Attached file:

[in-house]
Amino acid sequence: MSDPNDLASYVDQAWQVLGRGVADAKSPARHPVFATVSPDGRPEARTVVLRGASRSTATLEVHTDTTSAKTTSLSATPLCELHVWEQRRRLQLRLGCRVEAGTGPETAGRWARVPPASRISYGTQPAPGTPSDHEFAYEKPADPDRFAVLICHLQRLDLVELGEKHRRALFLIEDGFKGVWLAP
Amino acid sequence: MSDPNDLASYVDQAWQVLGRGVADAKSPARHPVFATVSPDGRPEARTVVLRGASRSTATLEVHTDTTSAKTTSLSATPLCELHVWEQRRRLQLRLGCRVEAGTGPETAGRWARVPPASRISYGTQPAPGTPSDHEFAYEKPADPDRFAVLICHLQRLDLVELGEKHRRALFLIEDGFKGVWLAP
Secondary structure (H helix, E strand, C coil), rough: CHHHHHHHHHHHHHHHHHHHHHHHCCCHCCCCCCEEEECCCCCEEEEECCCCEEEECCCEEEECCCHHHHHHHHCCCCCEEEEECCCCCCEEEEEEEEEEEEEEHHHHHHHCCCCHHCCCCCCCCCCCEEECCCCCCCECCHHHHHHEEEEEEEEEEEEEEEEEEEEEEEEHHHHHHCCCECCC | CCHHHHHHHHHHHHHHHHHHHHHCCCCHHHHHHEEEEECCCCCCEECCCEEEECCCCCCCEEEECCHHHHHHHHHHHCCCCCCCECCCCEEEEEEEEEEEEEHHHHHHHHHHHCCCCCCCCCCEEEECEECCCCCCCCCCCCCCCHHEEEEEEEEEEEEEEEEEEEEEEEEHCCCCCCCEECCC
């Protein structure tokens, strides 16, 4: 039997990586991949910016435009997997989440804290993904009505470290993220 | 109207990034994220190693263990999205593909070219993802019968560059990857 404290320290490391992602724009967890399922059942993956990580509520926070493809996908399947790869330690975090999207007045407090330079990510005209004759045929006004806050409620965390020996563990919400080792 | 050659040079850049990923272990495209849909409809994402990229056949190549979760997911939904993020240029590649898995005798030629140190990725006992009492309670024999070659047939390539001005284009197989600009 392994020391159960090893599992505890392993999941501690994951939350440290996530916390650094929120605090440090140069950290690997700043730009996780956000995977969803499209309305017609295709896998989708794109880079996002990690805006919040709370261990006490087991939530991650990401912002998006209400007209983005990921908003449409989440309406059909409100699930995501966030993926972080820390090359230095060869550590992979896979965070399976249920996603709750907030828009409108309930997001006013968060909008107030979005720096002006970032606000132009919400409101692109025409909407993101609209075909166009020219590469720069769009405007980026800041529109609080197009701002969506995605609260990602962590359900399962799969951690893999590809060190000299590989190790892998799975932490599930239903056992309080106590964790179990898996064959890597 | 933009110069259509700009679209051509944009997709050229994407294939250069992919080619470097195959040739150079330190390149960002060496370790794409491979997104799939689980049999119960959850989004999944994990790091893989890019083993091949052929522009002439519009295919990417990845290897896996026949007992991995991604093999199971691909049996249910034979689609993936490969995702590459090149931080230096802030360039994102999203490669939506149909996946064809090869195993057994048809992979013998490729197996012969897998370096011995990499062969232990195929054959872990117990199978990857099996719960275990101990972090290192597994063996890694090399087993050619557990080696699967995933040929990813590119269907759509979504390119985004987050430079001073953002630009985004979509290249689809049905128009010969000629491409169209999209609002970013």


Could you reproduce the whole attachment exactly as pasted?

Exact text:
[in-house]
Amino acid sequence: MSDPNDLASYVDQAWQVLGRGVADAKSPARHPVFATVSPDGRPEARTVVLRGASRSTATLEVHTDTTSAKTTSLSATPLCELHVWEQRRRLQLRLGCRVEAGTGPETAGRWARVPPASRISYGTQPAPGTPSDHEFAYEKPADPDRFAVLICHLQRLDLVELGEKHRRALFLIEDGFKGVWLAP
Amino acid sequence: MSDPNDLASYVDQAWQVLGRGVADAKSPARHPVFATVSPDGRPEARTVVLRGASRSTATLEVHTDTTSAKTTSLSATPLCELHVWEQRRRLQLRLGCRVEAGTGPETAGRWARVPPASRISYGTQPAPGTPSDHEFAYEKPADPDRFAVLICHLQRLDLVELGEKHRRALFLIEDGFKGVWLAP
Secondary structure (H helix, E strand, C coil), rough: CHHHHHHHHHHHHHHHHHHHHHHHCCCHCCCCCCEEEECCCCCEEEEECCCCEEEECCCEEEECCCHHHHHHHHCCCCCEEEEECCCCCCEEEEEEEEEEEEEEHHHHHHHCCCCHHCCCCCCCCCCCEEECCCCCCCECCHHHHHHEEEEEEEEEEEEEEEEEEEEEEEEHHHHHHCCCECCC | CCHHHHHHHHHHHHHHHHHHHHHCCCCHHHHHHEEEEECCCCCCEECCCEEEECCCCCCCEEEECCHHHHHHHHHHHCCCCCCCECCCCEEEEEEEEEEEEEHHHHHHHHHHHCCCCCCCCCCEEEECEECCCCCCCCCCCCCCCHHEEEEEEEEEEEEEEEEEEEEEEEEHCCCCCCCEECCC
């Protein structure tokens, strides 16, 4: 039997990586991949910016435009997997989440804290993904009505470290993220 | 109207990034994220190693263990999205593909070219993802019968560059990857 404290320290490391992602724009967890399922059942993956990580509520926070493809996908399947790869330690975090999207007045407090330079990510005209004759045929006004806050409620965390020996563990919400080792 | 050659040079850049990923272990495209849909409809994402990229056949190549979760997911939904993020240029590649898995005798030629140190990725006992009492309670024999070659047939390539001005284009197989600009 392994020391159960090893599992505890392993999941501690994951939350440290996530916390650094929120605090440090140069950290690997700043730009996780956000995977969803499209309305017609295709896998989708794109880079996002990690805006919040709370261990006490087991939530991650990401912002998006209400007209983005990921908003449409989440309406059909409100699930995501966030993926972080820390090359230095060869550590992979896979965070399976249920996603709750907030828009409108309930997001006013968060909008107030979005720096002006970032606000132009919400409101692109025409909407993101609209075909166009020219590469720069769009405007980026800041529109609080197009701002969506995605609260990602962590359900399962799969951690893999590809060190000299590989190790892998799975932490599930239903056992309080106590964790179990898996064959890597 | 933009110069259509700009679209051509944009997709050229994407294939250069992919080619470097195959040739150079330190390149960002060496370790794409491979997104799939689980049999119960959850989004999944994990790091893989890019083993091949052929522009002439519009295919990417990845290897896996026949007992991995991604093999199971691909049996249910034979689609993936490969995702590459090149931080230096802030360039994102999203490669939506149909996946064809090869195993057994048809992979013998490729197996012969897998370096011995990499062969232990195929054959872990117990199978990857099996719960275990101990972090290192597994063996890694090399087993050619557990080696699967995933040929990813590119269907759509979504390119985004987050430079001073953002630009985004979509290249689809049905128009010969000629491409169209999209609002970013």